The happiness between Phil and Ronnie was short-lived. Ronnie became increasingly forced into isolation by her husband. Phil’s mental state suffered as his career began to recede.
It was not long before Phil Spector became possessive and jealous. Ronnie was essentially kept prisoner in their Los Angeles mansion. Phil demanded to know what she was doing at all times, and even installed surveillance equipment throughout their house. As Phil’s sanity became more and more precarious, his treatment of her worsened. He threatened to have her killed by a hitman if she left him. She was forced to abandon singing, which is what hurt her the most.
Phil’s abuse brought on depression and Ronnie finally turned to alcohol to help her cope. This went against her own resolution as a teenager and showed just how bad her situation was.
But Ronnie wasn’t completely alone. At the time of their marriage, the couple had adopted a mixed-race child. Shortly after, Phil adopted twin boys without even telling Ronnie or consulting her before the decision. He treated them as a surprise Christmas present. Ronnie was furious, especially because Phil abused all three of the boys. They were prisoners just like her.
In 1971, Phil Spector was the head of the Apple Records A&R department, and he took Ronnie to London to work with George Harrison at the Abbey Road Studios. She released the single “Try Some, Buy Some” but it was not a chart success. Other singles were recorded and an album was planned but nothing was released.
Ronnie’s marriage to Phil Spector was becoming increasingly abusive. Apart from the psychological abuse she endured, Phil subjected her to physical threats. He pulled a gun on her frequently, took her shoes away to prevent her from running away and actively destroyed her career by forbidding her to perform on many occasions. He even went to the extent of erecting barbed wire around the mansion and bringing in guard dogs to keep her in. She also claimed that Phil had a glass-topped coffin in the basement of the mansion. This was to remind her that he could easily kill her and put her body on display.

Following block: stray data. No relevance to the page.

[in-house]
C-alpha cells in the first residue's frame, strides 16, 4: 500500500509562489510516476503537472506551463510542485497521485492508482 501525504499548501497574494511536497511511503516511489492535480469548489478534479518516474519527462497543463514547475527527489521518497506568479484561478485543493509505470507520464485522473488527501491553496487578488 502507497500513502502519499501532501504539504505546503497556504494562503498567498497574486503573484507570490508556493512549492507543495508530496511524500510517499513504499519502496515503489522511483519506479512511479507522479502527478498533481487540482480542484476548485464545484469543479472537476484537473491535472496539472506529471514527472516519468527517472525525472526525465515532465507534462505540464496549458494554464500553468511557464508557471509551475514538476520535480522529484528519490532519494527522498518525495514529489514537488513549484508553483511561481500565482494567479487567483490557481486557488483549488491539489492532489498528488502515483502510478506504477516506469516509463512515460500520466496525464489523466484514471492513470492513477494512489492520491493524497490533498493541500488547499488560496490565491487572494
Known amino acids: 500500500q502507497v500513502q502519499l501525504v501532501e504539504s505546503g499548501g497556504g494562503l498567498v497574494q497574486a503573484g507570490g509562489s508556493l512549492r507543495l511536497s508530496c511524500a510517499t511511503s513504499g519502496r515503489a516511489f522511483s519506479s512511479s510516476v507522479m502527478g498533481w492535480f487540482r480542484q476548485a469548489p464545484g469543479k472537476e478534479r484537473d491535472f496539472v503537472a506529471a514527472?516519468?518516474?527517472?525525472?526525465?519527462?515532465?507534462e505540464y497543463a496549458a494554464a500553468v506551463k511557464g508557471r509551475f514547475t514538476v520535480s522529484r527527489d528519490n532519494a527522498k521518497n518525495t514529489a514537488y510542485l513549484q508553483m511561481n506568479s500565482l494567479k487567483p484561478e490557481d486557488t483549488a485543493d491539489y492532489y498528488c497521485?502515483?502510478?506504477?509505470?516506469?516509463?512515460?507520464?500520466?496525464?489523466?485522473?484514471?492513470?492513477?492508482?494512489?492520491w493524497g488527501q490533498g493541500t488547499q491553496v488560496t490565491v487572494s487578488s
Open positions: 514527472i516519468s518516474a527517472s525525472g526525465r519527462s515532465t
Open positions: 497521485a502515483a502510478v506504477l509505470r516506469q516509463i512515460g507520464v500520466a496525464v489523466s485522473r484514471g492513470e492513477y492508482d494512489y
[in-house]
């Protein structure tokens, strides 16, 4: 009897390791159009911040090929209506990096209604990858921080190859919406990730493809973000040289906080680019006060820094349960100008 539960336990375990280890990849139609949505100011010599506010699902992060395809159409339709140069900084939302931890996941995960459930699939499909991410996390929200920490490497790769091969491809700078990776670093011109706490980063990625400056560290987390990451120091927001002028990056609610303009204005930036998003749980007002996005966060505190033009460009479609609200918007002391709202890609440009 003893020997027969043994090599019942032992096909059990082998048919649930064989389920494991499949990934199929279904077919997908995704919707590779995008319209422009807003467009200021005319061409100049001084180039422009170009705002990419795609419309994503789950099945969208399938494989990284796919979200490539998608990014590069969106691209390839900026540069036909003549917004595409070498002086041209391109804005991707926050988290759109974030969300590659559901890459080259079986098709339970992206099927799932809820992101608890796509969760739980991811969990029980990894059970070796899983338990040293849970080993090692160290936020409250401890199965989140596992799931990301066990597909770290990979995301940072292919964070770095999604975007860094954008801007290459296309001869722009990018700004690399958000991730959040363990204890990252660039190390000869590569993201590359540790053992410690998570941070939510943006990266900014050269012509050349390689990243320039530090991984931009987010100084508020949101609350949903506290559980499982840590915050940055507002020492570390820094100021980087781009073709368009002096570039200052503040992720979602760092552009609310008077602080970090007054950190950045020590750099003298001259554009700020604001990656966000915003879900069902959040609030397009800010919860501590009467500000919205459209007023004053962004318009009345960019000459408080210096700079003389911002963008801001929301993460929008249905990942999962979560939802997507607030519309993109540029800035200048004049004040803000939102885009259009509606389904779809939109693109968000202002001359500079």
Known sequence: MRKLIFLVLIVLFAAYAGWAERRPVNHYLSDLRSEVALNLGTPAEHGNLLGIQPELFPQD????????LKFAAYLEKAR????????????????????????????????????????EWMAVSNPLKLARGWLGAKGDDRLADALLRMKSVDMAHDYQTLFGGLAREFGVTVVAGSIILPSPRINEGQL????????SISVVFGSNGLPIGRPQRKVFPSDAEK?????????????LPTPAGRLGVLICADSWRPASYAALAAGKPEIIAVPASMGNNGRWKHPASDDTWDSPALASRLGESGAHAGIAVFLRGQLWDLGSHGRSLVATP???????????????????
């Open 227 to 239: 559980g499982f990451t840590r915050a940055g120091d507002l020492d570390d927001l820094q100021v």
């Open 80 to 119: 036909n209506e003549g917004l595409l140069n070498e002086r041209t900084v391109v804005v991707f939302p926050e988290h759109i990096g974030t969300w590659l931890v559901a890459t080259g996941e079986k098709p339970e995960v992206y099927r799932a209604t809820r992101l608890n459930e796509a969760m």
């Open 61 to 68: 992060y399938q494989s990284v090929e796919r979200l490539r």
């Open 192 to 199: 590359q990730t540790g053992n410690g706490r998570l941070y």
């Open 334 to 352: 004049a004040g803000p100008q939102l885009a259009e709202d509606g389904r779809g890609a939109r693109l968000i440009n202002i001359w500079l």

By 1972, Ronnie was in a particularly depressed state and her mother was inspired to act. Between them, they were able to devise a plan for Ronnie to escape from the mansion. The escape was incredibly risky, as no one was sure how Phil would react if he found out what was happening. Luckily, the plan worked, and Ronnie got away. Ronnie fled back to her home in New York.
Once she was safe in New York, she was able to think clearly and planned to resume her career. In 1974, she and Phil Spector divorced and she had the freedom to sing again. She did, however, continue to use her married name as her professional name.
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Life After Phil Spector
Her first project was to reform The Ronettes, but without her cousin and sister. The group was called Ronnie Spector and The Ronettes, but the handful of singles they released all failed to chart. By 1975 Ronnie was pursuing a solo career. That year she released “You’d Be Good for Me”.
In 1976, Ronnie sang with Southside Johnny on a song written by Bruce Springsteen, titled “You Mean So Much to Me”. The song appeared as the last track on the debut album of Southside Johnny & the Asbury Jukes titled “I Don’t Want To Go Home”. This gave her the opportunity to appear at concerts with the band during their 1977 tour. Her repertoire included her cover of the Billy Joel song “Say Goodbye to Hollywood” which owed much to The Ronettes’ “Be My Baby”.
Ronnie was back doing what she loved and had always dreamed of doing – singing. One of the great surprises for Ronnie was how she inspired others. Both Billy Joel and Bruce Springsteen were in awe of Ronnie, and Bruce even suggested he write an entire album for her. That never came to pass but Ronnie was flattered by the respect and love others had for her.
In 1980 Ronnie recorded a solo album “Siren”. This didn’t make any impact on the charts, partly because she was seen as an “oldie” performer.